Though I had always had a close connection to the landscape and nature, I had little regard for environmental issues before my late 20’s.  And even then it was more a sense of the power of nature and an appreciation for her beauty.  It wasn’t until I discovered The Gaia Theory, the way of indigenous peoples, Jungian archetypes and Joseph Campbell’s theories that I began to see a connection to be made with my art and what I deemed important in this life.  As the years went by, much of my work reflected these studies.  I painted mythical landscapes and made mandala-like sculptures inspired by sacred geometry and celestial bodies.  Sprinkled throughout were anguished self-portraits, lucrative design pieces for the wall that made it possible to care for this sacred land we call home and studio, and most recently boats and nests and books wrought with symbolic imagery.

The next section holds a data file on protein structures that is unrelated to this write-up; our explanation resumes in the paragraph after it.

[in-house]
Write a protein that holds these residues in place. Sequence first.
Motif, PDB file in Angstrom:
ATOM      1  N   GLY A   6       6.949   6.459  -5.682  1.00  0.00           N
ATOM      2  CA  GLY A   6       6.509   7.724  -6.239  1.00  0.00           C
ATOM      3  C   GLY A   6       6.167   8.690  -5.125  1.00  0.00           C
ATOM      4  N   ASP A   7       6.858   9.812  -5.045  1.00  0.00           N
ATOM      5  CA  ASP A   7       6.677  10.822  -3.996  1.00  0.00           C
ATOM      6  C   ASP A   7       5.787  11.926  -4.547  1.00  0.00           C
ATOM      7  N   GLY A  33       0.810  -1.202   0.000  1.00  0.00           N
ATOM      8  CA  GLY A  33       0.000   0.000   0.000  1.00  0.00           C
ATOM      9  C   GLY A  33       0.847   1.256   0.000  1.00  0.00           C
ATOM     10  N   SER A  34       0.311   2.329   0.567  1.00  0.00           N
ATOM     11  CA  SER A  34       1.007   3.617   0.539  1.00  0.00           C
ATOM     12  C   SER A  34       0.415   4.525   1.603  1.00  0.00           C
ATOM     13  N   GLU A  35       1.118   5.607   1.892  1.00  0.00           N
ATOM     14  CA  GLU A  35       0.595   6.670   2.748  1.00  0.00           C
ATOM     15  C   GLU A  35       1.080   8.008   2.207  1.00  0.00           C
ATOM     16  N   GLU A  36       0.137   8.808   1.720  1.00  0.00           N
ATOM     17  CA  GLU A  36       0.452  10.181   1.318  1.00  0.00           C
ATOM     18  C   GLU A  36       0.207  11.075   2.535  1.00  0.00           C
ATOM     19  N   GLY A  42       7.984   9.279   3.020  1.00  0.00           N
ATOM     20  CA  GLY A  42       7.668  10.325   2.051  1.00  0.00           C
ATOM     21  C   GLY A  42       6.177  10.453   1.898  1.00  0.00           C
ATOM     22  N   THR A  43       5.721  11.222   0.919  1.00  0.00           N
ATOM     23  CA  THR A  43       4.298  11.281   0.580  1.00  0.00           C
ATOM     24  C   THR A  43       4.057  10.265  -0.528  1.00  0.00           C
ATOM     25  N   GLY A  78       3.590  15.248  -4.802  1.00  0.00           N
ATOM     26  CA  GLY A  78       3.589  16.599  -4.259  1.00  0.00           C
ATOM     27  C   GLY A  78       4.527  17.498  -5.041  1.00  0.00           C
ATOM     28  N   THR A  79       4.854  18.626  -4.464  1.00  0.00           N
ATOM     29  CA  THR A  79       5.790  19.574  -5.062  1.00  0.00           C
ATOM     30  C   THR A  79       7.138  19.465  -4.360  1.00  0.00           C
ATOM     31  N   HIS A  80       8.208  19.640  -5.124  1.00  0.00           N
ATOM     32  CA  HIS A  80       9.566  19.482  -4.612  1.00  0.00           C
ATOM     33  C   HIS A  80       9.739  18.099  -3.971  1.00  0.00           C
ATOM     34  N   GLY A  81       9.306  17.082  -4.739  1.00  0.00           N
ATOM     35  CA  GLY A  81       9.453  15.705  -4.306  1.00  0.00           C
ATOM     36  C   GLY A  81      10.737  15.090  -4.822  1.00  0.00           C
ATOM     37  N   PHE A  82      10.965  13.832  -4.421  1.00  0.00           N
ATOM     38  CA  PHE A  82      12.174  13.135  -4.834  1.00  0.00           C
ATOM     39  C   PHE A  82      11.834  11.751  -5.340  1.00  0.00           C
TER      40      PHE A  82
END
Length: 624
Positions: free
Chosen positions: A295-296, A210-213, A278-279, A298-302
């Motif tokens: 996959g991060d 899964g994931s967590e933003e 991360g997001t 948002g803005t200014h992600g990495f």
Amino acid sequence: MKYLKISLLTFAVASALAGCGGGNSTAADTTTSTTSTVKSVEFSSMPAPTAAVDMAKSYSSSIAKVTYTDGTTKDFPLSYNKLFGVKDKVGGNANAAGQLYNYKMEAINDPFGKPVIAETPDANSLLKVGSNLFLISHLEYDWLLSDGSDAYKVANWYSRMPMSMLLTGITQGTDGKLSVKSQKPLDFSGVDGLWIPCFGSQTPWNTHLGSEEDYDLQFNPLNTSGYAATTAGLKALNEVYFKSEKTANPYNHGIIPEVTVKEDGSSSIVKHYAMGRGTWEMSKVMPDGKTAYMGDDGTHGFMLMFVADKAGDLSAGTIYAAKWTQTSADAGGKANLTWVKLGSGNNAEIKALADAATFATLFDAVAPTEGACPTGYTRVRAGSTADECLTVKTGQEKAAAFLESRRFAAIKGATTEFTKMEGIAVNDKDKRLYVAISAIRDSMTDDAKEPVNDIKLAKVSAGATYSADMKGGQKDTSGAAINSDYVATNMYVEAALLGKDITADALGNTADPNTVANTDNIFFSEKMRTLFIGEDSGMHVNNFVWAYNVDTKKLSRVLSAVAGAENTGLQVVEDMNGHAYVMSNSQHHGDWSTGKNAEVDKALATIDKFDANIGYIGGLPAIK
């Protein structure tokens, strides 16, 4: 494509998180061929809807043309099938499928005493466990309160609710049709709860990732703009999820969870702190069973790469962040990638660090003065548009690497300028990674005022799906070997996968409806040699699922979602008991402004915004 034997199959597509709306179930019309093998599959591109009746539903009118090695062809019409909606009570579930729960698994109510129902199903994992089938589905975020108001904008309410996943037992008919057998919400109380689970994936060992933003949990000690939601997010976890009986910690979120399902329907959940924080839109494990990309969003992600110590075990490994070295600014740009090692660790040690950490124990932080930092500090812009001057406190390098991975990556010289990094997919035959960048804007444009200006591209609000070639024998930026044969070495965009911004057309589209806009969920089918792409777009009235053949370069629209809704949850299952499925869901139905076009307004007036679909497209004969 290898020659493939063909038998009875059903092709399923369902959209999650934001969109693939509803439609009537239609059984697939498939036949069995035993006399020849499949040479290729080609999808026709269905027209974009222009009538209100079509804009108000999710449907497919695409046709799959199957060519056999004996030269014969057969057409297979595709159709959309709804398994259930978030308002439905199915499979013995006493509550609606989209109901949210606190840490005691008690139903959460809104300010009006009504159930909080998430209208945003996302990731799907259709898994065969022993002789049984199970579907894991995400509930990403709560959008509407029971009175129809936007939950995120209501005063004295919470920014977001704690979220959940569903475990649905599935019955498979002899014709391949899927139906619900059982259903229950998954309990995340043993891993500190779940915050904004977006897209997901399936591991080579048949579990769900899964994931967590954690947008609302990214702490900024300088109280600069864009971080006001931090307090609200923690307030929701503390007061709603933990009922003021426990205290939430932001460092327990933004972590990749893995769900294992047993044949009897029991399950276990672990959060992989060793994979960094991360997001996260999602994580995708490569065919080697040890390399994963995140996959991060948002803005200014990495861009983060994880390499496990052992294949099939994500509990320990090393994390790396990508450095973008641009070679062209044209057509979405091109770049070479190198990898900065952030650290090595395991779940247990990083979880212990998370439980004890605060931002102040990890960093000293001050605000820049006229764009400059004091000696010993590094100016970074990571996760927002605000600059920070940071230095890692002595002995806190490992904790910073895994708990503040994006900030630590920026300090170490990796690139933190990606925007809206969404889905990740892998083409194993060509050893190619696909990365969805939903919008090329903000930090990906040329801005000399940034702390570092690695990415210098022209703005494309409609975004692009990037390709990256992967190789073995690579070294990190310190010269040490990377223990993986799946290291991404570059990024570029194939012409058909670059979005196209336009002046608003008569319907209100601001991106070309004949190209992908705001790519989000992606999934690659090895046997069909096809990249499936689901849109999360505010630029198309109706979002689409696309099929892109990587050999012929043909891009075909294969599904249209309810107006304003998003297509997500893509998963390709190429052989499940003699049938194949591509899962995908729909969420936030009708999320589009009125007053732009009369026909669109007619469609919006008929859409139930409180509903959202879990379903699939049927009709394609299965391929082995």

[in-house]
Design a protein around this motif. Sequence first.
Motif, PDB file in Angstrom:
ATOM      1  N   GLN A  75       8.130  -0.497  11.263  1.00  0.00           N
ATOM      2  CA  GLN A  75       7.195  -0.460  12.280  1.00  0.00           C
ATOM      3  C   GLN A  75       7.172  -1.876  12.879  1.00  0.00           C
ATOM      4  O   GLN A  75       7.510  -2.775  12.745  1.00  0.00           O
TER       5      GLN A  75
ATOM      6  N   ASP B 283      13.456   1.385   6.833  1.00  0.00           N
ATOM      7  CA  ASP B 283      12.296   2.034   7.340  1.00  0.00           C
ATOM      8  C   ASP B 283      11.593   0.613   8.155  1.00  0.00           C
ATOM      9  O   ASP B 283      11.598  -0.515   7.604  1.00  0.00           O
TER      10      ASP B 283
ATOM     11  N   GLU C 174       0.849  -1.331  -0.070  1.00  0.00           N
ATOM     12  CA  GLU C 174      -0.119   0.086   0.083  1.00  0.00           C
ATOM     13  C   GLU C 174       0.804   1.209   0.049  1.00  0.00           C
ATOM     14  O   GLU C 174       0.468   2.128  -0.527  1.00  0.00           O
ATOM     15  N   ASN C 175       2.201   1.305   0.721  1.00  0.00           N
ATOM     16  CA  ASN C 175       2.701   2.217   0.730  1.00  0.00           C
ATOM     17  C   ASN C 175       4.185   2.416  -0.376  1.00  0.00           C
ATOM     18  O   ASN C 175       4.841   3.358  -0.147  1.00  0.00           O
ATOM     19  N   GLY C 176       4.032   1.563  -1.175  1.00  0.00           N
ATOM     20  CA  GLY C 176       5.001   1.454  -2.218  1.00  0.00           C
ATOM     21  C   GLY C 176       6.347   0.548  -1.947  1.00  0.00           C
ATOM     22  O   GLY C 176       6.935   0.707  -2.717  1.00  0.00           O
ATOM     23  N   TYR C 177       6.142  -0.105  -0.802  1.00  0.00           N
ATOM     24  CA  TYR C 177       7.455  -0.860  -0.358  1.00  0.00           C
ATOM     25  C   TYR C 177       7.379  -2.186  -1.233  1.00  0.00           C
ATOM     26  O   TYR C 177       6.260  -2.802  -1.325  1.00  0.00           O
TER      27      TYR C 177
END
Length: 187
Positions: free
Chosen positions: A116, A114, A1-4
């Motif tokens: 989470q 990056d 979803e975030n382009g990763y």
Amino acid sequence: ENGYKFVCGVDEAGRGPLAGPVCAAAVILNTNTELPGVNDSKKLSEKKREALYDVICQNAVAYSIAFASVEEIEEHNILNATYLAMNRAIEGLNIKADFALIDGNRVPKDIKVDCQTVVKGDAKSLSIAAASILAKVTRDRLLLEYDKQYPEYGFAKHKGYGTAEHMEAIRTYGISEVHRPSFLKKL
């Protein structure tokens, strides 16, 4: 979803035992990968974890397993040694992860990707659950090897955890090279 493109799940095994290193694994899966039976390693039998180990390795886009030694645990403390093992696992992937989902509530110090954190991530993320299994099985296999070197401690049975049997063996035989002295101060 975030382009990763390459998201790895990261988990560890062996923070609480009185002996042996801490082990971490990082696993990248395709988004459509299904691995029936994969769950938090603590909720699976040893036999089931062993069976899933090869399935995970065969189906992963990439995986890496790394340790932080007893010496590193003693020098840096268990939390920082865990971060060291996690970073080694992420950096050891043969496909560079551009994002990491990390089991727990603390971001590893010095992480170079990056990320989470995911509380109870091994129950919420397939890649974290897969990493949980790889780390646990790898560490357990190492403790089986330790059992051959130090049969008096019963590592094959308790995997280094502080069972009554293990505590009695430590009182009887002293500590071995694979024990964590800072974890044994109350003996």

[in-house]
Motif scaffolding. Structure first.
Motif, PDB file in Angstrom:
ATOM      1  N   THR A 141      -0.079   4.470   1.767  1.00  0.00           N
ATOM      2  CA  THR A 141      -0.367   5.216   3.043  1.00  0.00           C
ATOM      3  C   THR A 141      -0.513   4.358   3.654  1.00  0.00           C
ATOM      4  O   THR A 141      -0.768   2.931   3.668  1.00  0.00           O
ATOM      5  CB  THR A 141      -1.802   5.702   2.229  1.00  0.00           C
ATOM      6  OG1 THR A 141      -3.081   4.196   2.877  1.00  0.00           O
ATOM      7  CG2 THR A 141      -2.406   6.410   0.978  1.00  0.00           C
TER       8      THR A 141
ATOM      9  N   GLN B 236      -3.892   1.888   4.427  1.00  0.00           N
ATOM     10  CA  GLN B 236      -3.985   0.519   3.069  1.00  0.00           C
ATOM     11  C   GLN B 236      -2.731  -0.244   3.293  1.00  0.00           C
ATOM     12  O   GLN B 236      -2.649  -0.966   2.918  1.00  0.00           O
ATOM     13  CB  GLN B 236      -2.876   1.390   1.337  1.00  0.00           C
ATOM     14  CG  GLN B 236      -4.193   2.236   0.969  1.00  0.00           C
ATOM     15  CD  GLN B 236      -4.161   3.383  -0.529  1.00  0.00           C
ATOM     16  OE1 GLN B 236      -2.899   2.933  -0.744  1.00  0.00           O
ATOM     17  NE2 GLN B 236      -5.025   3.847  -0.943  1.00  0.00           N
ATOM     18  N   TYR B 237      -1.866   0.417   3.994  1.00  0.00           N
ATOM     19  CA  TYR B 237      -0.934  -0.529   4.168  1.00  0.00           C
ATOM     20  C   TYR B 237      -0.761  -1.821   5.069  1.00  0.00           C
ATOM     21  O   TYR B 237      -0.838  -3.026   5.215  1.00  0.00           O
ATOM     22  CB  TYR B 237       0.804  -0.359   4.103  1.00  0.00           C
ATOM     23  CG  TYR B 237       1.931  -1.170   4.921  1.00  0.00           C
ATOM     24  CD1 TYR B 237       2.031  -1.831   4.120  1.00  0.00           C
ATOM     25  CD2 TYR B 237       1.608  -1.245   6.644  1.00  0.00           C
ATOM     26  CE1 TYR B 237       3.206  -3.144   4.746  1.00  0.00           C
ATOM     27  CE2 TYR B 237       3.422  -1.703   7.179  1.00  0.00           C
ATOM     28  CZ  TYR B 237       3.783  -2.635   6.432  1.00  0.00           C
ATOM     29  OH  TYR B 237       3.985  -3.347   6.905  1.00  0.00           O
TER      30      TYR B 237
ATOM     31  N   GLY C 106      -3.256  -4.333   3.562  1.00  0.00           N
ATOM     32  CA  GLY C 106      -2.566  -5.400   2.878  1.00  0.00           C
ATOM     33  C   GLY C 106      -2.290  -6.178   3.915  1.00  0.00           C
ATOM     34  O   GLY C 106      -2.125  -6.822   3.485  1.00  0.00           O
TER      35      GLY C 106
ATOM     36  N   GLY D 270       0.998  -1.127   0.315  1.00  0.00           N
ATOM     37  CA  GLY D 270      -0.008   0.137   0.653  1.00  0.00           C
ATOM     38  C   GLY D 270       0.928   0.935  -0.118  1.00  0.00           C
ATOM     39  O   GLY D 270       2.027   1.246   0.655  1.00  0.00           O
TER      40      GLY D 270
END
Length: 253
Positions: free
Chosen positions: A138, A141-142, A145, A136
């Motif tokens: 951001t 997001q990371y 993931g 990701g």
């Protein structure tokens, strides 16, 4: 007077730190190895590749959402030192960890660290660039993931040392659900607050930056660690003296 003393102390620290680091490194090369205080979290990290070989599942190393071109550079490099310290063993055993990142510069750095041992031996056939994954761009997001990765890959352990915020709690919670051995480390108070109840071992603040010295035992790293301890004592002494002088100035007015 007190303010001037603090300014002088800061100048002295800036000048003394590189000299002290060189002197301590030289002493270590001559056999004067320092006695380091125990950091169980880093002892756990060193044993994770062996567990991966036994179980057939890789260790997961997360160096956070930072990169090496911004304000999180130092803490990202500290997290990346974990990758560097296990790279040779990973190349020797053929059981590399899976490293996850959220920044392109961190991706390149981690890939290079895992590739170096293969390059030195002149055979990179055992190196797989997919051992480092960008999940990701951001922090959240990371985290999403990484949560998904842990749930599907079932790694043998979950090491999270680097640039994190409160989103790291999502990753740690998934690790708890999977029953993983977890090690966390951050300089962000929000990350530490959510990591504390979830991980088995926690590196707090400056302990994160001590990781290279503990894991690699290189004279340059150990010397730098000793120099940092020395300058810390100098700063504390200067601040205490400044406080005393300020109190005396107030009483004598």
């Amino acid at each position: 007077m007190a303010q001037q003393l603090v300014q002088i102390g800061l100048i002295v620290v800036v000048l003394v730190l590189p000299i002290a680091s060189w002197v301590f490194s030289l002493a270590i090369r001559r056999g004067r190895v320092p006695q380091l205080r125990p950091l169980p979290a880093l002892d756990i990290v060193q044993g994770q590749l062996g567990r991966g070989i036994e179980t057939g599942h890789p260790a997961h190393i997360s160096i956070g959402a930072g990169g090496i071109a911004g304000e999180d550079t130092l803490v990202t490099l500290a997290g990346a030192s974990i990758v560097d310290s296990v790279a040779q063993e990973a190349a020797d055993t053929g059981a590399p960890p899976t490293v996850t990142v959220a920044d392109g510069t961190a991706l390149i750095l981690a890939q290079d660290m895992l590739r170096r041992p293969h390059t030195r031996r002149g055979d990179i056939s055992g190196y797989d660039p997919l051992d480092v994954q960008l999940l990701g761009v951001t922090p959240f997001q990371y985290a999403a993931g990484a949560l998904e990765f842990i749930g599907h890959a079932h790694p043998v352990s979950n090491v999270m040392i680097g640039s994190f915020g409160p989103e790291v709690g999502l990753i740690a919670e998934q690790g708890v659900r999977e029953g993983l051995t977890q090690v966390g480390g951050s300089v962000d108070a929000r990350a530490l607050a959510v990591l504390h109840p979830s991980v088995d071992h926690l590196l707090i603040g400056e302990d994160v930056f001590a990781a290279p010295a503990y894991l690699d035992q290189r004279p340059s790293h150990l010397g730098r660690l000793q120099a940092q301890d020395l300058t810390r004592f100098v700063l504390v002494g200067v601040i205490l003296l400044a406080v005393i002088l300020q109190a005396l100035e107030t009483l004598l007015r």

But still she calls to me.  The goddess speaks to me through the clay and it’s clear now what I can and will do.  It all comes down to the most pressing issue of our time, namely the environment.  We are destroying  the natural world at an increasing rate to fuel our consumer mentality.   To ignore the fate of the planet at this juncture in time spells disaster for life on Earth.  To act now in a responsible way is all that truly matters.  And quite simply, my purpose, the reason I was born into this life was to help awaken people to the crisis.  If I can alter the mindset of a few people, I will succeed in doing my small part, and together with other artists and teachers and scientists we can save the planet.  The Earth Goddess is the soul of our living planet, of which we are a part, and she’s calling to us.